Children with Autism Spectrum Disorders (ASD) frequently have feeding and eating difficulties (Ahearn et al., 2001; Martins, Young & Robson, 2008) as well as abnormal sensory processing and unusual responses to sensory stimuli (Tromchek & Dunn, 2007; Wiggins et al., 2009). This can lead to significantly compromised occupational performance and quality of life.
Objectives: The primary purpose of this study was to investigate sensory processing subtypes as predictors of early feeding problems in children with ASD and feeding/eating difficulties. Mediating influences of child characteristics (behavioral issues, compulsive behaviors and sensory issues) were examined. We predict newborn feeding difficulties and problems with eating habits will be associated with inefficient sensory processing. Further, we predict that child characteristics will exert a mediating effect on feeding behaviors as well as sensory domains.
Methods: A cross-sectional, secondary data analysis study design was used. Data was collected from the Autism Treatment Network (ATN) Registry data base at Kennedy Krieger Institute. Diagnostic inclusion criteria included children with a clinical diagnosis of ASD, Asperger’s Syndrome, or PDD, NOS. Information regarding child characteristics was gathered from ATN parent and clinician questionnaires. Dunn’s Short Sensory Profile was used to determine the child’s sensory processing subtype. Descriptive and bivariate analysis were used to analyze the relationship between sensory processing and feeding/eating behaviors and child characteristics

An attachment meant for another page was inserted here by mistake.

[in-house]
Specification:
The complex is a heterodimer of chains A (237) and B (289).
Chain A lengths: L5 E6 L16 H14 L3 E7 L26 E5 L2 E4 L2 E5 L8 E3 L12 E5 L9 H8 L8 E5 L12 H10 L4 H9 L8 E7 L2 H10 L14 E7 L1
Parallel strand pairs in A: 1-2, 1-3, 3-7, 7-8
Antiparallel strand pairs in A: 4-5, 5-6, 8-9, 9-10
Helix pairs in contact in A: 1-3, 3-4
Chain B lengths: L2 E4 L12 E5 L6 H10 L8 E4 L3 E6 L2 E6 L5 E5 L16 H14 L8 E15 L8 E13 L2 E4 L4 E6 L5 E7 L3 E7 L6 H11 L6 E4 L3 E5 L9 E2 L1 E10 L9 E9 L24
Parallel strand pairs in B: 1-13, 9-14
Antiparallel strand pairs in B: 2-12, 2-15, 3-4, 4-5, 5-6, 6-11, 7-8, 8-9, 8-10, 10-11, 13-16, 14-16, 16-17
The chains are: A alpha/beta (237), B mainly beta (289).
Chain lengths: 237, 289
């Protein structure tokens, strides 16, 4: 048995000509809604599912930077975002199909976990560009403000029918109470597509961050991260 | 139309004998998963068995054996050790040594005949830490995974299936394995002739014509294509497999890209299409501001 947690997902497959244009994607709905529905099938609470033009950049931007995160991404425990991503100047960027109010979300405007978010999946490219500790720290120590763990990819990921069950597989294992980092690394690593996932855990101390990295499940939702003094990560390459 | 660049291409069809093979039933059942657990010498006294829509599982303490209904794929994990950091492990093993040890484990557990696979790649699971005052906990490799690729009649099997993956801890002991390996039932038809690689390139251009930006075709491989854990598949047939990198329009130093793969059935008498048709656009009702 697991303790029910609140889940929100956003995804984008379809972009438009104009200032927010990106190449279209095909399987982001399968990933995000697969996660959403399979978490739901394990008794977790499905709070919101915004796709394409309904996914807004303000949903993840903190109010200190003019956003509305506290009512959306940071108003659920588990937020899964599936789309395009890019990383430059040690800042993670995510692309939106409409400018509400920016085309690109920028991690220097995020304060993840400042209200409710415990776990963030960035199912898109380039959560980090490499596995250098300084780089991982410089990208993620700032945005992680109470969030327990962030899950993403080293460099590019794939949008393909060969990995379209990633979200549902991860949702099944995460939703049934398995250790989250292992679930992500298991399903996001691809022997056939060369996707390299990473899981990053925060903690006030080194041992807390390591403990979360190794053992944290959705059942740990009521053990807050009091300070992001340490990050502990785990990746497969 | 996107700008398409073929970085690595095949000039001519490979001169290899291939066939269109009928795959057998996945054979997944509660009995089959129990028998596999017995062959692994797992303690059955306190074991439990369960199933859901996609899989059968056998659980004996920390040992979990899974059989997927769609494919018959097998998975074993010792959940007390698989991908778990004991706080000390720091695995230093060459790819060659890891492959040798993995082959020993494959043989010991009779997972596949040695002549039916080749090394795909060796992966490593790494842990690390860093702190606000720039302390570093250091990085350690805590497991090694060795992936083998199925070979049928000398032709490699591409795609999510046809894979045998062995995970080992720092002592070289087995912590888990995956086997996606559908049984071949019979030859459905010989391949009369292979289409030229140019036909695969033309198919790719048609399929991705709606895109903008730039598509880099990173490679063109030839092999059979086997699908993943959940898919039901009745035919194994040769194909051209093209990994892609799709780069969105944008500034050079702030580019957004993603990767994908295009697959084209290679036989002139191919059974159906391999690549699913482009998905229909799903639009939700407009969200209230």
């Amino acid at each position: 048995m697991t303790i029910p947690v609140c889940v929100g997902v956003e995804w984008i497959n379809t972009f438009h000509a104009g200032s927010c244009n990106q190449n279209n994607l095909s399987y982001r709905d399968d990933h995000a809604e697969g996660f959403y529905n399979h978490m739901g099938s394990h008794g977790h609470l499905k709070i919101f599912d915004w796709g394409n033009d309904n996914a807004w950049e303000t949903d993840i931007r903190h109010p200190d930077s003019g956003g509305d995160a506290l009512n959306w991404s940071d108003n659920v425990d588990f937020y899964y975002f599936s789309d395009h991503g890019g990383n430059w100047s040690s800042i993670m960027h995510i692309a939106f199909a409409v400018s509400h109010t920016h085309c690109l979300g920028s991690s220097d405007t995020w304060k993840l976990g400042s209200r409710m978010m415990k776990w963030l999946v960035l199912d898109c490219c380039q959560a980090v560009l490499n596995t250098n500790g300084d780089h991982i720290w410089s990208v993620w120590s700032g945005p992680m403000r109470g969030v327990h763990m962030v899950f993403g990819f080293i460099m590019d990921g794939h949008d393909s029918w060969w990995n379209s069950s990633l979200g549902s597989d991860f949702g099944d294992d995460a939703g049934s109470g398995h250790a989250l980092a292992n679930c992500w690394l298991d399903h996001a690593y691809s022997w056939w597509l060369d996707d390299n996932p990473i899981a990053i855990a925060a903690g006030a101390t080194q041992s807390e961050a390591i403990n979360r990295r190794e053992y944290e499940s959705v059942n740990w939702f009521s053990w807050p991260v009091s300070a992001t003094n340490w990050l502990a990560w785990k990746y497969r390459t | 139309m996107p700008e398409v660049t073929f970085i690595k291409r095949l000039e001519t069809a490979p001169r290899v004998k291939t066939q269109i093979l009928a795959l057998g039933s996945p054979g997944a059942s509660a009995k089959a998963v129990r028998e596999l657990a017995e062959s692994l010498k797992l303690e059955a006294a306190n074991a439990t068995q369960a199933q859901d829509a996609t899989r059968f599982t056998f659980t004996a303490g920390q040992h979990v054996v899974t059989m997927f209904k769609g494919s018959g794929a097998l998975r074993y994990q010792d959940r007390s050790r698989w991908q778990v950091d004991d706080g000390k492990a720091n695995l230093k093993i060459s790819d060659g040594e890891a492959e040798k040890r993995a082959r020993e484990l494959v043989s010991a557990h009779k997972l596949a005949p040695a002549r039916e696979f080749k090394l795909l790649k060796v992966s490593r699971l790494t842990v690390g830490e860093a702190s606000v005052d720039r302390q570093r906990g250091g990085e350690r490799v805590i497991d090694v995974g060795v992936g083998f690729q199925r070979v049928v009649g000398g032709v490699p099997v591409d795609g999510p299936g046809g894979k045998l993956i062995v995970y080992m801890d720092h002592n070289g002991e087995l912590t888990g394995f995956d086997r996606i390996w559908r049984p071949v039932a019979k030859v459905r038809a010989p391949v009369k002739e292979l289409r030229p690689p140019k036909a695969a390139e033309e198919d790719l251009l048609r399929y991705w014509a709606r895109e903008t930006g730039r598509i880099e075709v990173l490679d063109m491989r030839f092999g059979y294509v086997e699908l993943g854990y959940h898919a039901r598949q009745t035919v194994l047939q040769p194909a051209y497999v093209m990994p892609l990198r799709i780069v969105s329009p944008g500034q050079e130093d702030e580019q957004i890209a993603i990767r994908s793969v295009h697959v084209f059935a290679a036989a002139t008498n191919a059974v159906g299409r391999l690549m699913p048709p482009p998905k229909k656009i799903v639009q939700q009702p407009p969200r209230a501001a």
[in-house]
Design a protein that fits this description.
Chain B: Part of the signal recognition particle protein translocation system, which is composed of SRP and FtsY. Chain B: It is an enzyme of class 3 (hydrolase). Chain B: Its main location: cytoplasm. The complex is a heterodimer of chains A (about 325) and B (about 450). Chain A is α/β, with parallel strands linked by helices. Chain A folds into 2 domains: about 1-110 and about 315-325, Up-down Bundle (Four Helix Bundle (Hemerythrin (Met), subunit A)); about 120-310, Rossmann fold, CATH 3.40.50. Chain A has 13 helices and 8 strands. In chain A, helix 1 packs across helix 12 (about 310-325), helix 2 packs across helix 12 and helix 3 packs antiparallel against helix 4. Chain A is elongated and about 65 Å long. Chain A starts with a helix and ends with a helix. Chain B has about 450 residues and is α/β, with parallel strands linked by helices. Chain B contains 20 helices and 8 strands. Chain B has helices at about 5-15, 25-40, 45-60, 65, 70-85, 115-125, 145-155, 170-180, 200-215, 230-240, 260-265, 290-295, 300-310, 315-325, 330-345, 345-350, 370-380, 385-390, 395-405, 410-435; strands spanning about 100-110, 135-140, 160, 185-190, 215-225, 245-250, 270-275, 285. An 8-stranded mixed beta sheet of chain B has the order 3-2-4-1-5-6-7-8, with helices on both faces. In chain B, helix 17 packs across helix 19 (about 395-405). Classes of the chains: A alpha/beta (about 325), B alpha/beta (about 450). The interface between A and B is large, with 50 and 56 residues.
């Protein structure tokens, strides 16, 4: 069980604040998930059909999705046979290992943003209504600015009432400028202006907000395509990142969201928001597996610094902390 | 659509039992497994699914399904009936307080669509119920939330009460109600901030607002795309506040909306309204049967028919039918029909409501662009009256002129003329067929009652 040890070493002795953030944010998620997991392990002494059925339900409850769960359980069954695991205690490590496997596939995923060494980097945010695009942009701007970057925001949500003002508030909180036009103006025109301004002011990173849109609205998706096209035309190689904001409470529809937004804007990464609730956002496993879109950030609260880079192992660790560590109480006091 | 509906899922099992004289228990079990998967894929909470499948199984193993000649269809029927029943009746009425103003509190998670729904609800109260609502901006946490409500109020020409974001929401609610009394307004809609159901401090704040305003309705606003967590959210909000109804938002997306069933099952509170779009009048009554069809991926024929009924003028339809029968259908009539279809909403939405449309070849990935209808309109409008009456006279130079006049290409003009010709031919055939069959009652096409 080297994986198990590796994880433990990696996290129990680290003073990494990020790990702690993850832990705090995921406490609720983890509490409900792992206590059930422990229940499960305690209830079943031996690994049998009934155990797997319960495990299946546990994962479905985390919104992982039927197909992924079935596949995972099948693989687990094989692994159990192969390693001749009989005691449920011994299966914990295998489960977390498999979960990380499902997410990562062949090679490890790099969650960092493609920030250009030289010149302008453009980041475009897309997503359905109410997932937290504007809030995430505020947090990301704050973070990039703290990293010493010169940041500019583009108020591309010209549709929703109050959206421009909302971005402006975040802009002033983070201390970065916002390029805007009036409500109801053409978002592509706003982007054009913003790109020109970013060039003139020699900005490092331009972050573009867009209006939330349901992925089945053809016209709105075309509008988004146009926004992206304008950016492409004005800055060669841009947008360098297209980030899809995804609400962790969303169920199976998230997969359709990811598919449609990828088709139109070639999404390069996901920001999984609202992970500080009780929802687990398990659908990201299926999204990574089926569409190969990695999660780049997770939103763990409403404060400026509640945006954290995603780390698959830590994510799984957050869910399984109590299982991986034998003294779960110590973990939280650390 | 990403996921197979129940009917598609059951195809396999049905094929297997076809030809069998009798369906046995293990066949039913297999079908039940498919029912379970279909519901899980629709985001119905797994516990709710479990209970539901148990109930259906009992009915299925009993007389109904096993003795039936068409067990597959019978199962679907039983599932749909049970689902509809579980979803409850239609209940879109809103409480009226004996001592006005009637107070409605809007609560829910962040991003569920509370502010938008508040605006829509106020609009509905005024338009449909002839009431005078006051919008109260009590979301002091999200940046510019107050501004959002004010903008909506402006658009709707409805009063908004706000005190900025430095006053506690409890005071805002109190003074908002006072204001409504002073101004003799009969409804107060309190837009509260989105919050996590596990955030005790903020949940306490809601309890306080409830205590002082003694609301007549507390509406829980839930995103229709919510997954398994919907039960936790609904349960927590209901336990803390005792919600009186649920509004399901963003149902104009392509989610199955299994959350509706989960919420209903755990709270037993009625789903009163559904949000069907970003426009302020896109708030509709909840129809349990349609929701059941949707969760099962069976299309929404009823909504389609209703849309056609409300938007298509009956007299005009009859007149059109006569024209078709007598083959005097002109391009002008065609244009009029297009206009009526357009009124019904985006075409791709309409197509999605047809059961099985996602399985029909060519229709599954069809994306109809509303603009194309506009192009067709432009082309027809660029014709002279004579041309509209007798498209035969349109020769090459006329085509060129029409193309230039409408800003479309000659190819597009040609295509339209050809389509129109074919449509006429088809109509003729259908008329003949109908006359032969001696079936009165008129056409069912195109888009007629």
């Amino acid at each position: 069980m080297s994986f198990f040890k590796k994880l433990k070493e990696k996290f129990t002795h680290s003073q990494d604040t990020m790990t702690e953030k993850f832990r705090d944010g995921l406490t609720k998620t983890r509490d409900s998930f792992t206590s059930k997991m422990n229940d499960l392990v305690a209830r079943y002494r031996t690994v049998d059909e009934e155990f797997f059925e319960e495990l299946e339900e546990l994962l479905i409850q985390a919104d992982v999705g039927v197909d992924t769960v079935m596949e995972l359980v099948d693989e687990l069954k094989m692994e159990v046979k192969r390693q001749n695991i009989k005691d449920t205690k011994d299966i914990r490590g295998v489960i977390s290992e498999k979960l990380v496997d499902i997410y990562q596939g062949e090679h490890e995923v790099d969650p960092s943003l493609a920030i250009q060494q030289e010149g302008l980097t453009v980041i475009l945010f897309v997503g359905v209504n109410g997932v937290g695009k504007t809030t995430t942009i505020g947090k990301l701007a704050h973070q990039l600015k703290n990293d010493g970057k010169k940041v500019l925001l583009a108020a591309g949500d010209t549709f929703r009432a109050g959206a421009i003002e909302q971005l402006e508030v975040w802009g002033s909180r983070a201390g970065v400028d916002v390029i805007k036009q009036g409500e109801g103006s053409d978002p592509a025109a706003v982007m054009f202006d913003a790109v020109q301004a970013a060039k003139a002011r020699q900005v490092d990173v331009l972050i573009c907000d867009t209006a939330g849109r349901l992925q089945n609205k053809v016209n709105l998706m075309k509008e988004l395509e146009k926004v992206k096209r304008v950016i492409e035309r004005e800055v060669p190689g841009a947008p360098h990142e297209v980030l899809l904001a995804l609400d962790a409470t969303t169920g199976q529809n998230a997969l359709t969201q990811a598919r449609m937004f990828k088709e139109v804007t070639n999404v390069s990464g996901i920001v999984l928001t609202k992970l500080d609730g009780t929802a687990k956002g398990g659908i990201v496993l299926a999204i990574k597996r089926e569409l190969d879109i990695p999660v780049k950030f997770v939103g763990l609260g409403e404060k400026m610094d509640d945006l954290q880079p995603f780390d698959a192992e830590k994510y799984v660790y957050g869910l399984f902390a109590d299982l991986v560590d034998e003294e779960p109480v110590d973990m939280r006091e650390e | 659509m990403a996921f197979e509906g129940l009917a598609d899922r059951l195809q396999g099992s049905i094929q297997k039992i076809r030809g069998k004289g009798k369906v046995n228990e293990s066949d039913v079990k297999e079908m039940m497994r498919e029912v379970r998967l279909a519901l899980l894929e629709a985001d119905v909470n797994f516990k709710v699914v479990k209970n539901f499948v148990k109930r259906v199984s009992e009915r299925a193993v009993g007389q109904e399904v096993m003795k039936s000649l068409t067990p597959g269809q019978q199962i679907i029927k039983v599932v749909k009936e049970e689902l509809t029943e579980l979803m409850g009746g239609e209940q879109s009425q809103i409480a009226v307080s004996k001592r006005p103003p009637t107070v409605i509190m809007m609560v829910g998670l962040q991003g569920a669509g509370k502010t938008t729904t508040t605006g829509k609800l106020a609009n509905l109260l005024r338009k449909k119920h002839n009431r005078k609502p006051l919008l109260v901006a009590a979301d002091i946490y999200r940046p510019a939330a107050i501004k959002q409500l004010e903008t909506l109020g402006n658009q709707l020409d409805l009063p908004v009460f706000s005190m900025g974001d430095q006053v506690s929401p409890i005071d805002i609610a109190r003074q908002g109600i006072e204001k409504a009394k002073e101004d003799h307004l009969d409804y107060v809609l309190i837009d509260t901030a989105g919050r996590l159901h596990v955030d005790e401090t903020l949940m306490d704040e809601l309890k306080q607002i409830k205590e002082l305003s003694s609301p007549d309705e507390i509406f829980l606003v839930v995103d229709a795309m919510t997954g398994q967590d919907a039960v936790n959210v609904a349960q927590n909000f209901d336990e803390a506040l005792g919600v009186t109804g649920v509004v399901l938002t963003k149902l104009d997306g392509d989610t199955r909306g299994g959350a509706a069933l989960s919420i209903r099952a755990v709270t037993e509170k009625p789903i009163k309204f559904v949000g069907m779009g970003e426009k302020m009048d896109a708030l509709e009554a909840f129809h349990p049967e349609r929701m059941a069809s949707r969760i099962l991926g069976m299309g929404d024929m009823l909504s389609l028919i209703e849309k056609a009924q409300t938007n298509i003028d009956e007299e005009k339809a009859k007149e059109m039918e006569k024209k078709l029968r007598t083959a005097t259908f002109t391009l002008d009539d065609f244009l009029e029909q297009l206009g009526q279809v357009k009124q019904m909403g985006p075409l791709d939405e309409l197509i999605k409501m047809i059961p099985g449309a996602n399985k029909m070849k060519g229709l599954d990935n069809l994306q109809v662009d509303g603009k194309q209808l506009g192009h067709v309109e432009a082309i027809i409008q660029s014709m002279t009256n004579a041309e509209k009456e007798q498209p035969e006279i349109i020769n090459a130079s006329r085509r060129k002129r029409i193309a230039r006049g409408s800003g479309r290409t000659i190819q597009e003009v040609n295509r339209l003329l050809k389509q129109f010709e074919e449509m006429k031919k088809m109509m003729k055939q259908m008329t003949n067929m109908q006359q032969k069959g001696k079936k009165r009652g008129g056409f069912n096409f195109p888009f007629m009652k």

Results: 170 children between the ages of 3 and 17 years with diagnoses of Asperger’s DO (n=6); Autism (n=79); PDD NOS (n=80) were included in the study. Difficulty with feeding during the first month of life was seen in 30% of the sample, disrupted eating habits in 70%, and caregivers identified sensory concerns in 77% of the sampled population. Multivariate analysis of variance will be used examine sensory processing domains and child characteristics with feeding/eating behaviors and sensory domains.
This study will contribute novel findings regarding the relationship between the way children with ASD process sensory information and feeding behaviors. Preliminary results suggest high rates of disruptive feeding and sensory processing differences are present in the population. The way these children process sensory input may be a hidden contributor to feeding success which suggests a multisensory approach to intervention.
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